“Whatever happens tomorrow you must promise me one thing. That you will stay who you are. Not a perfect soldier, but a good man.” – Dr. Abraham Erskine Captain America: The First Avenger
Steve’s fight to keep this promise runs through all three of Cap’s solo films like a heartbeat. He battles–some days battles to the edge of his life–to stay a good man, despite the pressure to be the perfect soldier, the perfect Avenger, the perfect weapon in someone else’s war.
A good man is one who chooses compassion and human dignity even if that opposes the rule of law. A good man is one who acts in a way that benefits the greater good. A good man is one who protects the weak against the strong. A very good man is one who acts this way consistently. I didn’t say a good man was perfect or never made mistakes. I didn’t say a good man wasn’t human. It doesn’t take long for anyone with a brain to see that Steve Rogers is, and continues to be, a good man.
The creative team at Marvel recognized, when launching a hero like Cap, starting with a buff, shiny, smiling, know-it-all who can do it all would fall flat with audiences. So, the first 37 minutes of Captain America: The First Avenger dedicates itself solely to revealing the heart and moral compass of one Steven Grant Rogers. Lowly, weak, asthmatic, and sickly, Steve Rogers is no one’s ideal soldier, never mind anyone’s ideal man. Three early scenes reveal Steve’s core characteristics, ultimately engaging the audience and endearing him to them.
Steve Rogers has been denied admittance into the US Army at least five other times due to medical issues. Why does he keep trying to enlist? There were other ways, truly respectable ways, to be of service in wartime. Even Steve’s best friend, Bucky Barnes, is baffled. Why doesn’t Steve ever give up? Whether continuing to enlist when he knows he won’t make the cut, to getting into fights with jerks in alleys, Steve keeps going despite terrible odds. “I can do this all day,” Steve famously says to the Biff look-alike as he dishes out his most current beating. Why does Steve keep putting himself in situations where he’s going to get knocked down? His tenacity, despite getting him in all kinds of scrapes, fuels him to keep trying to do the right thing, to do good.
Steve, having attempted to enlist for the sixth time, meets Dr. Erskine, who sees something deeper in the big eyes and skinny shoulders of the pale kid sitting in front of him. “So, you want to kill Nazis?” Erskine asks with a sharp eye. “I don’t want to kill anyone. I don’t like bullies; I don’t care where they’re from.” In that moment, in sixteen words, we see the moral compass and heart of a good man. He doesn’t want to kill, though he knows it’s possible. He wants to protect the defenseless, those who have somehow survived the bully, people like him. The heart of his statement, however, isn’t that he wants to stand up to bullies but that it doesn’t matter where they are from. Brooklyn, Nazi Germany, Hydra, it doesn’t matter. He protects the innocent, regardless of where they are from. This is a man who will put himself between a bully and the victim–a protector.
The final and most ominous element of Steve’s character is revealed during his time at Camp Lehigh. Over and over we see Steve struggle to meet the physical requirements of basic training. It’s not pretty. In fact, it’s ugly. Good intentions don’t add up to much when you can’t physically perform well. His weaknesses do not endear him to his fellow soldiers, and we never see him connect with them. His commanding officer is less than impressed, and only Peggy Carter seems to find good in Steve’s efforts. In the middle of a mundane training exercise, doing push-ups while Agent Carter supervises, Colonel Phillips tosses a grenade into the group of men. Every single one, save Steve, runs away. What does Steve do? He curls his scrawny, spindly body over the grenade (it was fake but no one knew that) and implores everyone else to stay back. Steve Rogers is no one. He’s made no friends at Camp Lehigh save Agent Carter. Yet, in a heartbeat, he is the one willing to sacrifice himself so the others may live. This sacrificial streak is one Steve will never shake, for good or ill.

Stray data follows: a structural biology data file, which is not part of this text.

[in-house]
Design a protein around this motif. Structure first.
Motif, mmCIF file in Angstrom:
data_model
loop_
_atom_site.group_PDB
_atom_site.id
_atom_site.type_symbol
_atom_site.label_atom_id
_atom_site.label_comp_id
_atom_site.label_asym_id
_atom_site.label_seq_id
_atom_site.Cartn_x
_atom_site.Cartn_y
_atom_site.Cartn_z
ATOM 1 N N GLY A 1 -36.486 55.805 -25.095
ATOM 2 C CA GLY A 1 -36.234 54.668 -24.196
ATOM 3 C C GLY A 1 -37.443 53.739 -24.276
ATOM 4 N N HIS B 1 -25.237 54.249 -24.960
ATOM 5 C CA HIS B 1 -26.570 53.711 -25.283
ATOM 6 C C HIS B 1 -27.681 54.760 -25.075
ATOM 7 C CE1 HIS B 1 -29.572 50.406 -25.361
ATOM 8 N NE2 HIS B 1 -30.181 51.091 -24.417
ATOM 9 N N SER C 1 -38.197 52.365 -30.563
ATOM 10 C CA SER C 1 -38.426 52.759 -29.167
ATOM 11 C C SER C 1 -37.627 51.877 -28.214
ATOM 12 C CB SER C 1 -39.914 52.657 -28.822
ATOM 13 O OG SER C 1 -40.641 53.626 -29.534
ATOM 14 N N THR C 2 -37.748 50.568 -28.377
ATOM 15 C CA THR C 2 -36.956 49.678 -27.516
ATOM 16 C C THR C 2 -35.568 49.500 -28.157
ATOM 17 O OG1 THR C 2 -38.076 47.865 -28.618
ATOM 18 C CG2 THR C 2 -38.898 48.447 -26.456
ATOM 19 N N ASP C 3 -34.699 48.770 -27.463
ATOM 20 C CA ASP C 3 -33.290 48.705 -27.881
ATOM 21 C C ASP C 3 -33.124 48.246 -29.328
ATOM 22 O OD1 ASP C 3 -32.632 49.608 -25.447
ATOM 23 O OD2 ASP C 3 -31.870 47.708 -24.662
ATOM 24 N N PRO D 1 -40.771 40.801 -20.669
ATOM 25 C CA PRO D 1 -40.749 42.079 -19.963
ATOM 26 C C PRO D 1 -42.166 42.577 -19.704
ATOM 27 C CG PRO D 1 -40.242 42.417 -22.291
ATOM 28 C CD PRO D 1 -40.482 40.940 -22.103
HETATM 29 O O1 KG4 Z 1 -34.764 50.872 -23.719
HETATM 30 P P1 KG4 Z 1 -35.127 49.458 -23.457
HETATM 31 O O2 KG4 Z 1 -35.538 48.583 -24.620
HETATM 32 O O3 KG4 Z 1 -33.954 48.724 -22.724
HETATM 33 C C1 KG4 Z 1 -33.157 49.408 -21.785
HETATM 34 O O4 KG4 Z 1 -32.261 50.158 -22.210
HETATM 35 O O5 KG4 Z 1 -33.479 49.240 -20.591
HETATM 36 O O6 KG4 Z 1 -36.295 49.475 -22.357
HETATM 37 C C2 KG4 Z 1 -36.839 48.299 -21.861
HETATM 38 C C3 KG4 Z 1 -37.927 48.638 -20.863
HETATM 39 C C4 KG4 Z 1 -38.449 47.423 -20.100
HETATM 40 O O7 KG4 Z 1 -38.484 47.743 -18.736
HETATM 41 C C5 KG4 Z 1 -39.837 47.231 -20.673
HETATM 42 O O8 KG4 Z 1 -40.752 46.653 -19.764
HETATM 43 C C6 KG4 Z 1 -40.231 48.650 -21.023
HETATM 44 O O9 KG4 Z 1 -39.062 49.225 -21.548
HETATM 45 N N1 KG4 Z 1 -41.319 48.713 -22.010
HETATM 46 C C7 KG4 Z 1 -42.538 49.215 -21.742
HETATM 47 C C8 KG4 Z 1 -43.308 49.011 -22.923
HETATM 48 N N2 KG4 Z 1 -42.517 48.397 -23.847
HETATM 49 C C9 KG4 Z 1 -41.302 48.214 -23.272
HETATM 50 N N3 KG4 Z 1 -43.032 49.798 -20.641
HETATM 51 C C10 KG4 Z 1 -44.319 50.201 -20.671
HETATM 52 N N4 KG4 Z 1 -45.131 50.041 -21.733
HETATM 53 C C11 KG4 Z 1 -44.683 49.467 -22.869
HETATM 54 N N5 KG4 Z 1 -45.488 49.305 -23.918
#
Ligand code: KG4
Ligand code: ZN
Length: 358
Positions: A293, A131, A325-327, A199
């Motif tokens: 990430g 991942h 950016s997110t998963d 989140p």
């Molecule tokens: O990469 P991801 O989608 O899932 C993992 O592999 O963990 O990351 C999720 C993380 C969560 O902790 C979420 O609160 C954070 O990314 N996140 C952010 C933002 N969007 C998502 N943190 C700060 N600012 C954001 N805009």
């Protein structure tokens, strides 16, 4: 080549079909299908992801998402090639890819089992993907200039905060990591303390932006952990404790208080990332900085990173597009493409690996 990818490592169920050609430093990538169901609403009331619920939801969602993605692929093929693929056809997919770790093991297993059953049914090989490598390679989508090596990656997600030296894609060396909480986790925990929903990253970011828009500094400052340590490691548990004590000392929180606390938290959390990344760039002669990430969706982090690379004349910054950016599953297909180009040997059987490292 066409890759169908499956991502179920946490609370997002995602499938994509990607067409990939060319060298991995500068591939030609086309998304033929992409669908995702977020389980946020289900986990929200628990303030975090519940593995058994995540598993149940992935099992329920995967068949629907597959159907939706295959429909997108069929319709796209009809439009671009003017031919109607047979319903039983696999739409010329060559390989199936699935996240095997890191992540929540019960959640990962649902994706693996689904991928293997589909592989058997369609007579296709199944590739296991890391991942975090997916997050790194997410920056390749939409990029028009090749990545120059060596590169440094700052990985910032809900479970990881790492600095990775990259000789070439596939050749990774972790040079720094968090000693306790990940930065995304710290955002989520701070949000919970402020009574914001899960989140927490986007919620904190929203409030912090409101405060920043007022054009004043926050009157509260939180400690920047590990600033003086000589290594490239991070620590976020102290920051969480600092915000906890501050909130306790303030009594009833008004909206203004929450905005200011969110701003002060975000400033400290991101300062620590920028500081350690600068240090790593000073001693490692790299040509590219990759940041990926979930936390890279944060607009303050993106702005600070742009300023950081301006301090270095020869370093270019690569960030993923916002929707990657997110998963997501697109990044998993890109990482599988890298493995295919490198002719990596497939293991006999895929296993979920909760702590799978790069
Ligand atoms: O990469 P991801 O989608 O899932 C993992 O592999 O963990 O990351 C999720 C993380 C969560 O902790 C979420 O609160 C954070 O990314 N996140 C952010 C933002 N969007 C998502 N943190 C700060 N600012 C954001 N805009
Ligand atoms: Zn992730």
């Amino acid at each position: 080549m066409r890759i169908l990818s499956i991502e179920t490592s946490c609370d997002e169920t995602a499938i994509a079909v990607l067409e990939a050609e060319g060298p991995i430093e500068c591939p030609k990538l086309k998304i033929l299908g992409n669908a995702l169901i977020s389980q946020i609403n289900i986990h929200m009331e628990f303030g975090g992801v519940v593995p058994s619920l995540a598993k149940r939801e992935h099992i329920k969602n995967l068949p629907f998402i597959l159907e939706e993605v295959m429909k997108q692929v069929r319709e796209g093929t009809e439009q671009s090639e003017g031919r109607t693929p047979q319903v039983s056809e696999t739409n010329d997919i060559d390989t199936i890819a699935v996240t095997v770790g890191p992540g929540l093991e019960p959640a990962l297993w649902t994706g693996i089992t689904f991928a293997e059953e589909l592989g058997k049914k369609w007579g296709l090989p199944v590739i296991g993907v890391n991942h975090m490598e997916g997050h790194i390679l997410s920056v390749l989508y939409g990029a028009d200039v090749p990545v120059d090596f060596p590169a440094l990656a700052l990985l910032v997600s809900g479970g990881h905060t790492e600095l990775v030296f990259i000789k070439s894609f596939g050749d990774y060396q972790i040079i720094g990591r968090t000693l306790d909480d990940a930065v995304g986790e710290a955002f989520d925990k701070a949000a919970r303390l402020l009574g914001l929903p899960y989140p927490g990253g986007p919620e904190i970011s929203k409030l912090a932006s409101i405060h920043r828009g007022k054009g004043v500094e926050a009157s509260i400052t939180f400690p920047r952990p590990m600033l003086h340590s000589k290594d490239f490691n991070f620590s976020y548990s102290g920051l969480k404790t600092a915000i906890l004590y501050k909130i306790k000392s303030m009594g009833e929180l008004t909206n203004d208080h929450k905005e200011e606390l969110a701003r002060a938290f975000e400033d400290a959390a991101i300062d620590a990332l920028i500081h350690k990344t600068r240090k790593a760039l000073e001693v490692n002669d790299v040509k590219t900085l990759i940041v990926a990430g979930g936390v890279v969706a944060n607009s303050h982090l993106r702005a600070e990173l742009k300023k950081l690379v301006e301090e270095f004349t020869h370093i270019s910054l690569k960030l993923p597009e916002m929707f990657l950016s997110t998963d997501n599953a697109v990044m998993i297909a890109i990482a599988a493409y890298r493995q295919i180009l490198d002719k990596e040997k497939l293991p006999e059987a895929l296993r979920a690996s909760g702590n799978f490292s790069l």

The night before his procedure, Steve asks Dr. Erskine, “Why me?” While Steve cannot see why he’s the perfect candidate to be Captain America, we can. We see his tenacity, his protective nature, and his willingness to sacrifice. Skinny Steve–poor, overlooked, weak, and broke–has faced down adversity his entire life. His low beginnings taught him tenacity; let’s face it, the poor don’t have the luxury of giving up. His physical weaknesses too often made him a victim, but in turn, he learned to protect others. His broken body taught him that life is short, and if you can give your life so others may life, that’s the right thing to do. Underneath the weight of all this adversity, the heart of a good man grew–a tenacious, protective man, willing to sacrifice for the greater good.
It’s that human compassion, the good man at the core of his character, that drives Cap’s choices in all three of his solo films. More often than not, those choices fly in the face of what his superiors demand or expect.
Up next… In Defense of a Good Man: Not the Perfect Soldier, Captain America: The First Avenger
I’m a curious, creative, comic(al) woman. I am unapologetically Team Cap, but not HydraCap because there is a line in the moral sands of the universe and that whole thing is on the other side of it. I teach high school students all about the joys of mythology through comic books, graphic novels, and films. I wandered into the comic book world in 2015 and is a proud member of the #DoYouEvenComicBook gang.